A century-old technique to reduce intracranial pressure — decompressive craniectomy — does not lead to better functional outcomes in patients with severe and diffuse traumatic brain injury (TBI). In fact, a new study led by a team of Australian scientists found that it worsened long-term function compared to standard intensive medical care, including barbiturate coma therapy.
The findings, reported in the April 21 edition of The New England Journal of Medicine, are surprising and worrisome given the fact that surgeons use decompressive craniectomy as a last-ditch effort to save patients. There have been a number of case studies suggesting that lowering intracranial pressure improves outcomes but this is the first randomized trial of this neurosurgical technique in neurotrauma patients.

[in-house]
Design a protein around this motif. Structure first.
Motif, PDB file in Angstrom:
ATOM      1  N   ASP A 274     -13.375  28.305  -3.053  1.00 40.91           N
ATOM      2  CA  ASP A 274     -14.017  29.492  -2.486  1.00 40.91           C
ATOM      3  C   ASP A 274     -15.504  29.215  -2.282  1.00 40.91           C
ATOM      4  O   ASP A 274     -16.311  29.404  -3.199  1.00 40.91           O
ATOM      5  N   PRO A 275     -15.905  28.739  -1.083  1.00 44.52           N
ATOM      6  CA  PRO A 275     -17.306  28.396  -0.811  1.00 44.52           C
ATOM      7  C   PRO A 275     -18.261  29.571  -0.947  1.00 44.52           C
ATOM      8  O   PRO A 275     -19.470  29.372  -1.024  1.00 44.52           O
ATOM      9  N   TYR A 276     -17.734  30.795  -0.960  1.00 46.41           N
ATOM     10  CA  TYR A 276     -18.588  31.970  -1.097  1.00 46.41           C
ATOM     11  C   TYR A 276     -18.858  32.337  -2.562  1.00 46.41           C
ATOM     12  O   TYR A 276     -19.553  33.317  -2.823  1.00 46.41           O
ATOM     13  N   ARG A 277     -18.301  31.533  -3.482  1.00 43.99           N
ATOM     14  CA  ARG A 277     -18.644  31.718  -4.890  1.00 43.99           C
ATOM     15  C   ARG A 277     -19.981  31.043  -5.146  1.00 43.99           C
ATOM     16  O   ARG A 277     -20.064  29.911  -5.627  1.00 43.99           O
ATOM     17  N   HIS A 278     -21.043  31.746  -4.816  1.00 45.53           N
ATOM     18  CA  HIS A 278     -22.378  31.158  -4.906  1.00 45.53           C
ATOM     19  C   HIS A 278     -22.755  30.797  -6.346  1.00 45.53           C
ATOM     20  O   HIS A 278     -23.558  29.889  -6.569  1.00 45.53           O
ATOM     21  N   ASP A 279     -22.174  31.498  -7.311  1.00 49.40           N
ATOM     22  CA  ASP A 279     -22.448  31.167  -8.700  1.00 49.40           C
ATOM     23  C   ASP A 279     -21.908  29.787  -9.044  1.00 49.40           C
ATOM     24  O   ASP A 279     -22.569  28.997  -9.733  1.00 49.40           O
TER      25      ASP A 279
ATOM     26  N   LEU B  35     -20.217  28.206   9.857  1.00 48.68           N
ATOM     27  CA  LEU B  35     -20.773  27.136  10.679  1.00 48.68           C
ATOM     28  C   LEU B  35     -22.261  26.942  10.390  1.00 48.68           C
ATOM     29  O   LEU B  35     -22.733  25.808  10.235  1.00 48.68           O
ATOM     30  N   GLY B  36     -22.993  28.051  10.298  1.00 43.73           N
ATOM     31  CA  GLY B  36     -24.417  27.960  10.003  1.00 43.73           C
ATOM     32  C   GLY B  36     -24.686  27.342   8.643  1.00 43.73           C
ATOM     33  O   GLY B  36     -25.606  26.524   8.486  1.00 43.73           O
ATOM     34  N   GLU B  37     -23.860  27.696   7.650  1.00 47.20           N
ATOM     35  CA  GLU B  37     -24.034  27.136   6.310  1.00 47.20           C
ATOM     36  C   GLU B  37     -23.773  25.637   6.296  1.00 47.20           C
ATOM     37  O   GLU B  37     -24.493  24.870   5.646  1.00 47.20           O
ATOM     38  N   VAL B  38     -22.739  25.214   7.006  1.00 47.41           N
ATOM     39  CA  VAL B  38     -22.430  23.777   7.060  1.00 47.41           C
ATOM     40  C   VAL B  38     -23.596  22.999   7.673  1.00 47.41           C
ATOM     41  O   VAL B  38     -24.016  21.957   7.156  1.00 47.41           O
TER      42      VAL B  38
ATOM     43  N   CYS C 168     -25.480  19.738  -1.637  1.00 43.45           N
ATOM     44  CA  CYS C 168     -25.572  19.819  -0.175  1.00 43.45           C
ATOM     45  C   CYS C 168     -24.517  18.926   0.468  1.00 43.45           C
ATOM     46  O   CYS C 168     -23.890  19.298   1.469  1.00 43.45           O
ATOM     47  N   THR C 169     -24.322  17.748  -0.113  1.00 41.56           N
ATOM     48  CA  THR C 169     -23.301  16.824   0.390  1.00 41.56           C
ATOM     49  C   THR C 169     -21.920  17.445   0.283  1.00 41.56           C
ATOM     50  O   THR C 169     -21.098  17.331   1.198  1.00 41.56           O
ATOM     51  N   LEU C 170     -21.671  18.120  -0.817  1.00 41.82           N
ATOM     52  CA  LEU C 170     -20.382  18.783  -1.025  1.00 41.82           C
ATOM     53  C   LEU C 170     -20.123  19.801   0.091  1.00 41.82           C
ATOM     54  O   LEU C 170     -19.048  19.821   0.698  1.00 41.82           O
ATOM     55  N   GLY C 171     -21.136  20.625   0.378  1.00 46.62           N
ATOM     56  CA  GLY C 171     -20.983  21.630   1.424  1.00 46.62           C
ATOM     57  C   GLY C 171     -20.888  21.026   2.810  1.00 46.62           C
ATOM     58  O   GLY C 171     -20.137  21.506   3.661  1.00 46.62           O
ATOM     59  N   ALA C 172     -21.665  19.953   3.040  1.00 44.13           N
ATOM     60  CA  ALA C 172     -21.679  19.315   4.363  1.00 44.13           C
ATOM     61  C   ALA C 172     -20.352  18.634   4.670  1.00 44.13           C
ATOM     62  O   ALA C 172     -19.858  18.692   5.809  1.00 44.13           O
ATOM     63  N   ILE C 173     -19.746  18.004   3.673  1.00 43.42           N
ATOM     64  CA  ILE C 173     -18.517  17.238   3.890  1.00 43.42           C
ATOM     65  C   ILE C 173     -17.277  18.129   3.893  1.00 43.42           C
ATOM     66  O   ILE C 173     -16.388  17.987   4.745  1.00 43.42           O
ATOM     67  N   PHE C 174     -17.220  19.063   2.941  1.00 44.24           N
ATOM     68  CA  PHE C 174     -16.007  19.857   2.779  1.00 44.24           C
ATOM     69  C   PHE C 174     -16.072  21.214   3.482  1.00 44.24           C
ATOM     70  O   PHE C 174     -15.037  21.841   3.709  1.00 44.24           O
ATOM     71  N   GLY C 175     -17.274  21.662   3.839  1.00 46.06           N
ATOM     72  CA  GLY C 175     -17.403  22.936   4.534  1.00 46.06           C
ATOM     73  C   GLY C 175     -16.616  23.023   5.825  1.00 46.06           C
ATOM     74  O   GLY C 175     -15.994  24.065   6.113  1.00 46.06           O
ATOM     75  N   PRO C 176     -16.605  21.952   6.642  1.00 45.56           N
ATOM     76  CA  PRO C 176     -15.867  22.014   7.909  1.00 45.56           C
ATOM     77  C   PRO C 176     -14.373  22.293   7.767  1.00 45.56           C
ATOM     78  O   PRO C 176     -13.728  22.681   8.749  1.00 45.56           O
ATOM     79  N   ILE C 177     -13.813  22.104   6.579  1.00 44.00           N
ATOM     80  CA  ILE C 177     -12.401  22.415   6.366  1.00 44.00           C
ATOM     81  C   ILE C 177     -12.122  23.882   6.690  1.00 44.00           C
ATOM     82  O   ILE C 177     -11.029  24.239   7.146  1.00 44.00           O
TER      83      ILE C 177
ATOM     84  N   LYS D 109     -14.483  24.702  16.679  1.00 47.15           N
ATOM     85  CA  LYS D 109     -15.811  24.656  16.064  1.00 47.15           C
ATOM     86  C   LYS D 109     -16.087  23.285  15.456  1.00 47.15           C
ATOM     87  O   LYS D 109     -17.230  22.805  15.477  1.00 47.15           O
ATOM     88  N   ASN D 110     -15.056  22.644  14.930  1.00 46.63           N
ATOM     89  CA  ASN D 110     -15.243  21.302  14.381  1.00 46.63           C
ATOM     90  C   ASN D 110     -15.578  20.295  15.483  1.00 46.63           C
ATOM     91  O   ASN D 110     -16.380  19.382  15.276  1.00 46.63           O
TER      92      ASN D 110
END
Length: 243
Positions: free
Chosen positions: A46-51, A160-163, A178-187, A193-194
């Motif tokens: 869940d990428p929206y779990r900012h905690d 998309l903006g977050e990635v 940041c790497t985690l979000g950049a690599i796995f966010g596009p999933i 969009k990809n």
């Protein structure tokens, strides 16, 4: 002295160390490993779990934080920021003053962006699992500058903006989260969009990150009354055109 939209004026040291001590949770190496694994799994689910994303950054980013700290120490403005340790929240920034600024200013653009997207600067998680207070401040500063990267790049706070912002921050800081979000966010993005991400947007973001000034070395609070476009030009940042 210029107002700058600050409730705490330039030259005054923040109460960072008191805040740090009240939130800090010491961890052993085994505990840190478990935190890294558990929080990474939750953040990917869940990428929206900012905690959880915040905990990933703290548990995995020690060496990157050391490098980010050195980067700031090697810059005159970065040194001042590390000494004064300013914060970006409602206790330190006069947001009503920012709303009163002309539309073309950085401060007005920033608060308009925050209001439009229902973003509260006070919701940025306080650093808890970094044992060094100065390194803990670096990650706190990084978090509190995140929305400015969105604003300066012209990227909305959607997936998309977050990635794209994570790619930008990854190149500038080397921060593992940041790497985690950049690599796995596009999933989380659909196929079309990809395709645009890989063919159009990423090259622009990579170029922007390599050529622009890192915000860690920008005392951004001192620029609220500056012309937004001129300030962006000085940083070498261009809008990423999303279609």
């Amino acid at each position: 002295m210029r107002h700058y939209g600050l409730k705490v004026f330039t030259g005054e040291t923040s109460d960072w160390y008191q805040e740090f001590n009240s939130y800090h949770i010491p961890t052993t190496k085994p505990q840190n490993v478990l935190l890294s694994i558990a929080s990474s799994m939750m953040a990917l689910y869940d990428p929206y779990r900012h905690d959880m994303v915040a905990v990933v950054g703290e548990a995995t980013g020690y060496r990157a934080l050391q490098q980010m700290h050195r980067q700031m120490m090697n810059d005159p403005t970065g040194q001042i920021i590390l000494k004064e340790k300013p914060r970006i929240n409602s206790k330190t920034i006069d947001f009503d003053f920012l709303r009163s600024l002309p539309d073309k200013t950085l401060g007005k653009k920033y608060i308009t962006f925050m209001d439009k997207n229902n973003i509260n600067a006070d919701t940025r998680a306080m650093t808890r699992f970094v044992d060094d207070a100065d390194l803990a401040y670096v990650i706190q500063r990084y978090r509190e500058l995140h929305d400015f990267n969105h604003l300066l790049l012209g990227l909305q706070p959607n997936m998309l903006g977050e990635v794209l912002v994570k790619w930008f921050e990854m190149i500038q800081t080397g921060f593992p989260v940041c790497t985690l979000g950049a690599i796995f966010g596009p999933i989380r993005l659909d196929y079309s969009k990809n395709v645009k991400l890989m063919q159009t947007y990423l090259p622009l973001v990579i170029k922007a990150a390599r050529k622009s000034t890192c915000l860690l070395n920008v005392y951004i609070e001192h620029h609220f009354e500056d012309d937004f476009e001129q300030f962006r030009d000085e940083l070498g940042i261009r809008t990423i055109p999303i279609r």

“Randomized trials are tough to do but teach us facts that change our practice that we otherwise can't know,” said the study's lead author D. James Cooper, MD, a critical care physician and professor in the departments of intensive care and neurosurgery at Alfred Hospital and the departments of epidemiology and preventive medicine at Monash University in Melbourne, Australia.
“We were surprised by the finding,” Dr. Cooper said. “But we were pleased to have found a clear result. We now know that we can improve functional outcomes by using high-quality intensive care and anesthesia rather than decompressive surgery,” he said, adding, ultimately, “we will save millions of health care dollars spent on care of severely disabled survivors.”